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President Bush’s U.N. Speech Focuses on Mideast Reform

In his address to the U.N. General Assembly on Tuesday, President Bush said the United States wants to support democratic reform in the Mideast and is not against Islam. Leaders of the Senate Foreign Relations Committee discuss the speech.

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    President Bush pressed his agenda for spreading democracy in the Middle East today with world leaders gathered in New York for the U.N. General Assembly.

    Beginning this morning, Mr. Bush met with French President Jacques Chirac, who said the two countries agreed on a timetable for negotiations with Iran on its nuclear program. But later in the day, Chirac said he opposed setting a deadline for sanctions.

    In his midday speech to the General Assembly, President Bush largely avoided confrontation and focused on building bridges in the Middle East.


    Our country desires peace. Extremists in your midsts spread propaganda, claiming that the West is engaged in a war against Islam. This propaganda is false and its purpose is to confuse you and justify acts of terror.

    We respect Islam. But we will protect our people from those who pervert Islam to sow death and destruction. Our goal is to help you build a more tolerant and hopeful society that honors people of all faiths and promotes the peace.

    America has made its choice: We will stand with the moderates and reformers.


    The president also spoke directly to the Iranian people. Their president, Mahmoud Ahmadinejad, was not in the hall during Mr. Bush's speech and also skipped a luncheon for world leaders because wine was being served. The Iranian leader was scheduled to speak this evening.


    The United Nations has passed a clear resolution requiring that the regime in Tehran meet its international obligations. Iran must abandon its nuclear weapons ambitions.

    Despite what the regime tells you, we have no objection to Iran's pursuit of a truly peaceful nuclear power program. We're working toward a diplomatic solution to this crisis. And as we do, we look to the day when you can live in freedom and America and Iran can be good friends and close partners in the cause of peace.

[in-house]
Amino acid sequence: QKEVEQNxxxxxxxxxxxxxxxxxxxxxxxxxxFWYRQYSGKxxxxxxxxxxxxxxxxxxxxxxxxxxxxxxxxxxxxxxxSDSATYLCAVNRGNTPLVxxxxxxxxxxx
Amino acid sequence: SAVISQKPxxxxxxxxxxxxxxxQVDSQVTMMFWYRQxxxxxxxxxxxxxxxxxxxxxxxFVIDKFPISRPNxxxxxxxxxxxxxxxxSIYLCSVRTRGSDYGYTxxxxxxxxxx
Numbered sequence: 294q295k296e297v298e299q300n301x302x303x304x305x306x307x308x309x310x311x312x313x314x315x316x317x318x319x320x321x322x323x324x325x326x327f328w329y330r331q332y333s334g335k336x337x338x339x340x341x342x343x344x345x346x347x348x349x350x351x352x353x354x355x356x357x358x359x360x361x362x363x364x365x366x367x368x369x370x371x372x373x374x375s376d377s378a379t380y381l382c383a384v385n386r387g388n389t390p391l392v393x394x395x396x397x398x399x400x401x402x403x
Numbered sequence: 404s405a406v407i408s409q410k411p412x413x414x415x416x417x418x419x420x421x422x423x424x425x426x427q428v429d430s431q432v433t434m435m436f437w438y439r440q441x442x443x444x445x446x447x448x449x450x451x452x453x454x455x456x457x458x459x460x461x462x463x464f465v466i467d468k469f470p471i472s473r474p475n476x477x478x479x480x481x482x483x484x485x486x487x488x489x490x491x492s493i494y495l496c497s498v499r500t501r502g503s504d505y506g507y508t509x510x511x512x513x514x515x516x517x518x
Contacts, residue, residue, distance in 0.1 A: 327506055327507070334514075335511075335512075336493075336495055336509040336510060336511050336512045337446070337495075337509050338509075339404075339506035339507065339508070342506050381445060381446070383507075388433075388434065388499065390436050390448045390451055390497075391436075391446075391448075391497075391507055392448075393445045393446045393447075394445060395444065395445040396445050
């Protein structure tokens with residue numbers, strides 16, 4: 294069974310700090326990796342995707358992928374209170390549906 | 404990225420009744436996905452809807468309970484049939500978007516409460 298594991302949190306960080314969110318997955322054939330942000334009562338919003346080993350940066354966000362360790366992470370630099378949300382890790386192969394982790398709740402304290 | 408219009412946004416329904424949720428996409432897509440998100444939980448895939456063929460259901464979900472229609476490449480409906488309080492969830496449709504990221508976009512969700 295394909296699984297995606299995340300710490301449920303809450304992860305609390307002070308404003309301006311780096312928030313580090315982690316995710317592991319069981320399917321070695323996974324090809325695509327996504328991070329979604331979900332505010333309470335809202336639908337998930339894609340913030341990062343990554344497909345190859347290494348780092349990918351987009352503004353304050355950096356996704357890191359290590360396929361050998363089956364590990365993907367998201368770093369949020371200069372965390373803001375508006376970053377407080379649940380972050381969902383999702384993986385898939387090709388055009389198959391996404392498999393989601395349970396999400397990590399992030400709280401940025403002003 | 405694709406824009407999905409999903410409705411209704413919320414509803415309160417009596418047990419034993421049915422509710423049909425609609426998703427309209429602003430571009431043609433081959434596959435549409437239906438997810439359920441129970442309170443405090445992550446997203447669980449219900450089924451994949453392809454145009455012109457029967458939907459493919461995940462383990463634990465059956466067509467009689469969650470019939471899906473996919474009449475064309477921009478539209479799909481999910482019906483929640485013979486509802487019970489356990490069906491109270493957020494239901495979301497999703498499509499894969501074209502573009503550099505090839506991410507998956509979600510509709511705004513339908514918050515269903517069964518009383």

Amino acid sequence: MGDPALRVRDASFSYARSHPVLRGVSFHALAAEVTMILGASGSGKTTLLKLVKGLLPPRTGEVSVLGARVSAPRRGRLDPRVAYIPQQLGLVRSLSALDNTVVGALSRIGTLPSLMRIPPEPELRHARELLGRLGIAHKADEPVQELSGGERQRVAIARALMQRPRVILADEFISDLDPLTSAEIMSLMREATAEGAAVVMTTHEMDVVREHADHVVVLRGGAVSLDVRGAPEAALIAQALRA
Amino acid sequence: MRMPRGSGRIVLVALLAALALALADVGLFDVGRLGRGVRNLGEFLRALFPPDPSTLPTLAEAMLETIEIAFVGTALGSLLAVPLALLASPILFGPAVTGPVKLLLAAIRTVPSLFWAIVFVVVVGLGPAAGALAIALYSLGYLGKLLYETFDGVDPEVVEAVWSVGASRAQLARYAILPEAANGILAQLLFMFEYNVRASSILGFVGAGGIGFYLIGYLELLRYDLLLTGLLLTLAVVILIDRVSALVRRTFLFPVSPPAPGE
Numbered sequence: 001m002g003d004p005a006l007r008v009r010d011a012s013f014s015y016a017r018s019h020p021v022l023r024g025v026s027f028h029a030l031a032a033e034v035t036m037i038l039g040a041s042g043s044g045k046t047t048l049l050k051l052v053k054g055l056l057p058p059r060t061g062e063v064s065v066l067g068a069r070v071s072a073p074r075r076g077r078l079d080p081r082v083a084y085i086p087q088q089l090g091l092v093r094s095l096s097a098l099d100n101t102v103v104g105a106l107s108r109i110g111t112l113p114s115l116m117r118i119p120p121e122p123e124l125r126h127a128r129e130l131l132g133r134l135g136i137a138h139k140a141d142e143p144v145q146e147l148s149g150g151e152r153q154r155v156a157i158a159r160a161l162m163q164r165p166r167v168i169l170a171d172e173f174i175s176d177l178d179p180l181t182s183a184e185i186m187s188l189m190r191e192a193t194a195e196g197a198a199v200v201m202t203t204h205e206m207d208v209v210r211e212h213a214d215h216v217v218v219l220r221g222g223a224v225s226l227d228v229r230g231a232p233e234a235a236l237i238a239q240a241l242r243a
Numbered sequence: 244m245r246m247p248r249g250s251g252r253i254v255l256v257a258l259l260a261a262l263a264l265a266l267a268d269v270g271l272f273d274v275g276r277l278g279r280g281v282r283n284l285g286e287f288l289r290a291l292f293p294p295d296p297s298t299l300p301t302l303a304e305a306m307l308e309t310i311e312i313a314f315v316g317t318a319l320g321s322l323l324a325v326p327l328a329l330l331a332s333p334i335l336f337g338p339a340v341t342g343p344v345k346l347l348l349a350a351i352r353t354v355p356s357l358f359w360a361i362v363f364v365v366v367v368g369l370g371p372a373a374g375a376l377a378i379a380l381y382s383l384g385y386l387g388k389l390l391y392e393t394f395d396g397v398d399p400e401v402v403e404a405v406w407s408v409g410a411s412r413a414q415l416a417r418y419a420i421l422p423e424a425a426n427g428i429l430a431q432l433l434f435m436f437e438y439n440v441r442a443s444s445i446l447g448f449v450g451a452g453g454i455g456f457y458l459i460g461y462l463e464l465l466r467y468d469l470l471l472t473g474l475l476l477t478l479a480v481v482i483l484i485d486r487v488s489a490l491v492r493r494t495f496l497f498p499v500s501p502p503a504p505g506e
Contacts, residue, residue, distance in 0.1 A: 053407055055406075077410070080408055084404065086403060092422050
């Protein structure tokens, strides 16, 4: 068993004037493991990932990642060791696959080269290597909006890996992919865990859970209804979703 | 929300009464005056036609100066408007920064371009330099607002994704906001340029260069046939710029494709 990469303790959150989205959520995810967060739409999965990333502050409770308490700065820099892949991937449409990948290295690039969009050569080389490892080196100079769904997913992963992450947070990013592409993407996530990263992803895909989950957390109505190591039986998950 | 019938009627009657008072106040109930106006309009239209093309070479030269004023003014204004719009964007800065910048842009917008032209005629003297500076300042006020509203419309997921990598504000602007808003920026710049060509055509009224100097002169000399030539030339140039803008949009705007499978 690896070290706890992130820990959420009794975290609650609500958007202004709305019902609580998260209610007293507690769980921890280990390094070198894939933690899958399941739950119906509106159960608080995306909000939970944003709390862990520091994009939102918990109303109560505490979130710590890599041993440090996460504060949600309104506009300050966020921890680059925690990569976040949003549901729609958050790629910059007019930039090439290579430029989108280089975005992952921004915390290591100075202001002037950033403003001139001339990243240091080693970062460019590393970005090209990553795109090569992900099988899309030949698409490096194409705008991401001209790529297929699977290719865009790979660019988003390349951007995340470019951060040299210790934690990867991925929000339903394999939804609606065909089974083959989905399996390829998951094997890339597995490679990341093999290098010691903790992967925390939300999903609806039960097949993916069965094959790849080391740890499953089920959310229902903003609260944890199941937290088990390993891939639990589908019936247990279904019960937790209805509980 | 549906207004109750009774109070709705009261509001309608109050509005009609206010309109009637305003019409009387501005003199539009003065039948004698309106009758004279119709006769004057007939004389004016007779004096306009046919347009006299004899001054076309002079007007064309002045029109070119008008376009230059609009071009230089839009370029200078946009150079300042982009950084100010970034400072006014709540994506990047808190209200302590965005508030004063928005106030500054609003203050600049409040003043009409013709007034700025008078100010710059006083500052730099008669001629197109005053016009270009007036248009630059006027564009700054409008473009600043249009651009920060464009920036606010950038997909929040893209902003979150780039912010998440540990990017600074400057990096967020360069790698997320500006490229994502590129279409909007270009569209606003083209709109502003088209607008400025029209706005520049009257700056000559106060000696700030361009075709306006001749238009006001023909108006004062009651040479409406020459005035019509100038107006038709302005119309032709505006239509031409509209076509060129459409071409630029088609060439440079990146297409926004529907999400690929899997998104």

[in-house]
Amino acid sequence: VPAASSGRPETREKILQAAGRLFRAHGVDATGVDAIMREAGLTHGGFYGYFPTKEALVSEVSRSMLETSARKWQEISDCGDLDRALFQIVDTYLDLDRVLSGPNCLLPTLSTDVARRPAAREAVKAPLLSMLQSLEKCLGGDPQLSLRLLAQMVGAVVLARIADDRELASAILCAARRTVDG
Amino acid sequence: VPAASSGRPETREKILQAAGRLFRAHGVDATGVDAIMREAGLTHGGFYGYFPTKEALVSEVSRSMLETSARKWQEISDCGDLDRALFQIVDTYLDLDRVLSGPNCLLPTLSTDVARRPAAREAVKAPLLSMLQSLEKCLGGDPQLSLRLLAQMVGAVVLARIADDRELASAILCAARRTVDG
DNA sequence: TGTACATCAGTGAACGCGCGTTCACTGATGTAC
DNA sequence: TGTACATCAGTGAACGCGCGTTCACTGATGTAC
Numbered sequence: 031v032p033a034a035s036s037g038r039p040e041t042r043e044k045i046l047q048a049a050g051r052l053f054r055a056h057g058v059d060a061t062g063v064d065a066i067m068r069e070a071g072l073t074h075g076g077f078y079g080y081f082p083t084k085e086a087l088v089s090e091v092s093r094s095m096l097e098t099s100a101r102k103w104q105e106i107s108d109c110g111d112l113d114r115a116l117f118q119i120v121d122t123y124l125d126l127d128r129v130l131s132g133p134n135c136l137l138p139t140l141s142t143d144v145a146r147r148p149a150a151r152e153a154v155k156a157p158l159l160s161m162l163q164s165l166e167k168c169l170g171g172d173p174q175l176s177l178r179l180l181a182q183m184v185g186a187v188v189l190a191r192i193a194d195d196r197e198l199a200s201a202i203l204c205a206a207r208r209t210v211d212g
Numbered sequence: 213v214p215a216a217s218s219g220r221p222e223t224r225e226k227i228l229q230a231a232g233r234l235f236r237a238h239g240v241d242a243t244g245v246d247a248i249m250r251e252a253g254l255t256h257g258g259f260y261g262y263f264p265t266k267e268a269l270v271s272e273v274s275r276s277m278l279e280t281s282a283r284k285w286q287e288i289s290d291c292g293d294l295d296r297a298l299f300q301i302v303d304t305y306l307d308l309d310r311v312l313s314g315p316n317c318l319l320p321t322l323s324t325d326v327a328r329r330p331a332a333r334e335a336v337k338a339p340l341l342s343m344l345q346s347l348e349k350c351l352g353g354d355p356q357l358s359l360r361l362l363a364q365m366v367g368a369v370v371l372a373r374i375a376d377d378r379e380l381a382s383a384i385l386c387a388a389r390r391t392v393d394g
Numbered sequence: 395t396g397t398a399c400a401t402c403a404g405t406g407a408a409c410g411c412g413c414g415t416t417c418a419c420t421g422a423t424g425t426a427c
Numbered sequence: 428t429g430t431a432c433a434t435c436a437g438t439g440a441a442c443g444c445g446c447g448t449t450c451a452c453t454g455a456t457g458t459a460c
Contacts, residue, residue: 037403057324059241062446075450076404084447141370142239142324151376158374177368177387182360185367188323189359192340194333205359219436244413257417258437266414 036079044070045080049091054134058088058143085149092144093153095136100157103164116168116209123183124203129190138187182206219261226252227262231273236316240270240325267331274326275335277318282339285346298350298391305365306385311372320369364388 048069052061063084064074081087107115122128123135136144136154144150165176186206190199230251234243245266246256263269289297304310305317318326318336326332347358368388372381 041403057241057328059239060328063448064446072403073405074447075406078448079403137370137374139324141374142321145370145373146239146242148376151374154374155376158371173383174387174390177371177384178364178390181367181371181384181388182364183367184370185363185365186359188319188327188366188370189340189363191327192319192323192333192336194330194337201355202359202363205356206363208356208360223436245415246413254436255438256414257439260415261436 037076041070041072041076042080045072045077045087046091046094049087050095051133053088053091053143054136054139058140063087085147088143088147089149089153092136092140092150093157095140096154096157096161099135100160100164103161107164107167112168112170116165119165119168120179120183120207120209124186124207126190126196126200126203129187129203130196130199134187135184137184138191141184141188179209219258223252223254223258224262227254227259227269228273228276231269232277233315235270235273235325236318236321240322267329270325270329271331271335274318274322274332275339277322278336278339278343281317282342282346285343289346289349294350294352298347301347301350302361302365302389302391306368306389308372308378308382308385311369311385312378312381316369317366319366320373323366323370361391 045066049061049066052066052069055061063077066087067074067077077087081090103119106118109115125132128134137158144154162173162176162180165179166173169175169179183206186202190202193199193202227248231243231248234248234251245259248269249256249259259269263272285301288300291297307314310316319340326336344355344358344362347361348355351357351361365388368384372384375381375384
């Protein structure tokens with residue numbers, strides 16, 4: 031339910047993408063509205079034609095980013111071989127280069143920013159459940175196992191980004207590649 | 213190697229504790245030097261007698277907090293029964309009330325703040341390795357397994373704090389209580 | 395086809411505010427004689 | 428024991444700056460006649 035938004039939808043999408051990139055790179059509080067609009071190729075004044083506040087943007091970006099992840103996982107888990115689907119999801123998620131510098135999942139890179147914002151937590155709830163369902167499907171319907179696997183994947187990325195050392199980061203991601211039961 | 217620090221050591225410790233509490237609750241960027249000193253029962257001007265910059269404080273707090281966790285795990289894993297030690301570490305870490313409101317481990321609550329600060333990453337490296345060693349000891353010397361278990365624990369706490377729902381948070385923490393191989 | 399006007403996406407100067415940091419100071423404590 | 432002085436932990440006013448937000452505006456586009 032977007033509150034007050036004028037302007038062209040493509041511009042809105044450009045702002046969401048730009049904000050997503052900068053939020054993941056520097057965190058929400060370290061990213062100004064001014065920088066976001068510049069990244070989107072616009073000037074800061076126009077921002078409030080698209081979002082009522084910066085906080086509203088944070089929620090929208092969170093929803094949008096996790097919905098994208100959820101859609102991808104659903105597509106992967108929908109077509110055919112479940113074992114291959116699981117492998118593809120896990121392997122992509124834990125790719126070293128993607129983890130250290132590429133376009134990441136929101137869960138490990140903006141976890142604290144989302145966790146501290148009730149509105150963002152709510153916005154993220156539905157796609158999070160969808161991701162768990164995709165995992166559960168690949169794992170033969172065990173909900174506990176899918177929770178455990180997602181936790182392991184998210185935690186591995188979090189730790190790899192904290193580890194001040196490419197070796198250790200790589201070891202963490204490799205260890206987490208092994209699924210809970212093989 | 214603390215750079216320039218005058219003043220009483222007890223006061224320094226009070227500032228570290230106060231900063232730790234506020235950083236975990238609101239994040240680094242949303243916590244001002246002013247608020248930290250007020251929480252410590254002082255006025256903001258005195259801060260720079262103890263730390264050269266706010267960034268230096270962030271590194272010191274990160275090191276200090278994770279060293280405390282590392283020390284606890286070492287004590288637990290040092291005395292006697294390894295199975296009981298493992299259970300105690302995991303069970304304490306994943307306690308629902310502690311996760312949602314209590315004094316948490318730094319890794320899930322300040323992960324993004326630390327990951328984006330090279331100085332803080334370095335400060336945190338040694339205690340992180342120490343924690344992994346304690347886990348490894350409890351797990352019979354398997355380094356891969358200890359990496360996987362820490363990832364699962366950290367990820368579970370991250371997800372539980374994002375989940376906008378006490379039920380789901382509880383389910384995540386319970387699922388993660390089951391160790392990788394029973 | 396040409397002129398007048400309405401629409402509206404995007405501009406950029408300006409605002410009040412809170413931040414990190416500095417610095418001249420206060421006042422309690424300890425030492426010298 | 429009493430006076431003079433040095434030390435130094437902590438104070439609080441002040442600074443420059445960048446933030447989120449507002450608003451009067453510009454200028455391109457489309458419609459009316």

The president addressed the Syrian people as he chastised their government.


    Today your rulers have allowed your country to become a crossroad for terrorism. In your midst, Hamas and Hezbollah are working to destabilize the region. And your government is turning your country into a tool of Iran. This is increasing your country's isolation from the world.


    As he'd promised, Mr. Bush again pressed the government of Sudan to end the violence and killing in Darfur.


    The Security Council has approved a resolution that would transform the African Union force into a blue-helmeted force that is larger and more robust. To increase its strength and effectiveness, NATO nations should provide logistics and other support.

    The regime in Khartoum is stopping the deployment of this force. If the Sudanese government does not approve this peacekeeping force quickly, the United Nations must act. Your lives and the credibility of the United Nations is at stake.


    The president repeated his support for the efforts of Afghanistan and Iraq to create democratic governments. As Mr. Bush urged world leaders to stand with him in Iraq, members of a recently created advisory group in Washington spoke publicly for the first time about news reports they were preparing to offer Mr. Bush an exit strategy from Iraq that he was not getting from his own advisers.

  • JAMES BAKER, Co-Chair, Iraq Study Group:

    Our obligation is to present our report first to the president and the Congress and then to the public.


    Former Secretary of State James Baker and former 9/11 Commission Chairman Lee Hamilton head the Iraq Study Group, an independent, bipartisan commission of experts formed last March at the request of Congress. The group presented no recommendations today but said they will after the midterm elections.

    However, Hamilton said the Iraqi government must act with great urgency.

  • LEE HAMILTON, Co-Chair, Iraq Study Group:

    The next three months are critical. Before the end of this year, this government needs to show progress in securing Baghdad, pursuing national reconciliation, and delivering basic services.


    In New York this afternoon, President Bush met with Iraqi President Jalal Talabani and reassured the U.S.'s support for Iraq.